Superoxides from mitochondrial complex III: the role of manganese superoxide dismutase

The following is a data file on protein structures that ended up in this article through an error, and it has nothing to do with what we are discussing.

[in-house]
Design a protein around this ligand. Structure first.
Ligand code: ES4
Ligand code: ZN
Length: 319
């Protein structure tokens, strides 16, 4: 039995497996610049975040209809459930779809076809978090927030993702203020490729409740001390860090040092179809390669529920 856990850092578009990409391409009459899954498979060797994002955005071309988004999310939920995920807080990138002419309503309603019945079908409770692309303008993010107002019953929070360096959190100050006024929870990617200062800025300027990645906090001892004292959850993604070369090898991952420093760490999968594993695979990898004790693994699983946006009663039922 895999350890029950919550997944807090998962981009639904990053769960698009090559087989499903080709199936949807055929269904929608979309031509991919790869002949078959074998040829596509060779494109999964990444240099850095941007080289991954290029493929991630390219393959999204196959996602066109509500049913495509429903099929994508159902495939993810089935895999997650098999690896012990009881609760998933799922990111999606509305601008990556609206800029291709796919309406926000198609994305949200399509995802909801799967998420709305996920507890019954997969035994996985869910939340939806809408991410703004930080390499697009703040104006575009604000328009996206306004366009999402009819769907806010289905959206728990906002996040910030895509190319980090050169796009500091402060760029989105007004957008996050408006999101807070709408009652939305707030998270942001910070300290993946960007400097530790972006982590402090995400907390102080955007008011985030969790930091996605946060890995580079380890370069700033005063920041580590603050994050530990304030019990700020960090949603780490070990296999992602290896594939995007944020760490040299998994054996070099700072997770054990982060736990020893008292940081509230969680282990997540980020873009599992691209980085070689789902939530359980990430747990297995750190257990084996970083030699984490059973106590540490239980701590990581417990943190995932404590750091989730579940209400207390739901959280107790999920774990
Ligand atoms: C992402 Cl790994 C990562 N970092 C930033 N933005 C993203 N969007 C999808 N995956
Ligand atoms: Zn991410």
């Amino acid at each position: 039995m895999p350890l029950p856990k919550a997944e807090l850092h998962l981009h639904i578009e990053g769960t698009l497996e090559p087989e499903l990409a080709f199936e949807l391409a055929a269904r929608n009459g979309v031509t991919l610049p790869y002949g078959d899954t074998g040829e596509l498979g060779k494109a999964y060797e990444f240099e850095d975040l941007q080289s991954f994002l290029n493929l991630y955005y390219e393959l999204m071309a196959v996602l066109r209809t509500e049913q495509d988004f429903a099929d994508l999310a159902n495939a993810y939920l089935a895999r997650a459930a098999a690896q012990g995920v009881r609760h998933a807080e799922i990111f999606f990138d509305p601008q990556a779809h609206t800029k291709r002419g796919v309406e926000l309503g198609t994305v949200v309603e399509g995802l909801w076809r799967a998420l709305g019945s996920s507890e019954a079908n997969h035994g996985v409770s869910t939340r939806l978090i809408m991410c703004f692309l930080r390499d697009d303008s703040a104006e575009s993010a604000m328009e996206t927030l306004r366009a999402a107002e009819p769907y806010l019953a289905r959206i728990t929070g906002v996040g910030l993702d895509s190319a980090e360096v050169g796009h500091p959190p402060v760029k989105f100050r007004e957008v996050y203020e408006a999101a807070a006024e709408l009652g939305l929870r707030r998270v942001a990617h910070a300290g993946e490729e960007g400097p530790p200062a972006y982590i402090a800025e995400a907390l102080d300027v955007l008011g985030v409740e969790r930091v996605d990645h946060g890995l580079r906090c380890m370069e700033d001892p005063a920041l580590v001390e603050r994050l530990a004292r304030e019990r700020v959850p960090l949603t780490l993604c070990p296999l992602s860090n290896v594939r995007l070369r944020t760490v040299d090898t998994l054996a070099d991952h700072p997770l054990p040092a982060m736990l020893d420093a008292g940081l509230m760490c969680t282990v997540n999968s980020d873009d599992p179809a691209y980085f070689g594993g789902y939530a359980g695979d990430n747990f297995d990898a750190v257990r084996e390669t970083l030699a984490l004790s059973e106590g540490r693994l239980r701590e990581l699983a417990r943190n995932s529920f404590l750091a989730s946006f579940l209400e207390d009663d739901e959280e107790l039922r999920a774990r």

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In this report we show that ubiquinone cytochrome c reductase (complex III) from isolated rat heart mitochondria when inhibited with antimycin A, produces a large amount of superoxide as measured by the chemiluminescent probe coelenterazine. When mitochondria are inhibited with myxothiazol or stigmatellin, there is no detectable formation of superoxide. The antimycin A-sensitive free radical production can be dramatically reduced using either myxothiazol or stigmatellin. This suggests that the antimycin A-sensitive generation of superoxides originates primarily from the Q(o) semiubiquinone. When manganese superoxide dismutase depleted submitochondrial particles (SMP) were inhibited with myxothiazol or stigmatellin, a large superoxide signal was observed. These two inhibitors likely increase the concentration of the Q(i) semiquinone at the N center. The antimycin A-sensitive signal can, in the case of both the mitochondria and the SMP, be dissipated by the addition of copper zinc superoxide dismutase, suggesting that the measured coelenterazine signal was a result of superoxide production. Taken together, this data suggests that free radicals generated from the Q(i) species are more effectively eliminated by MnSOD in intact mitochondria.
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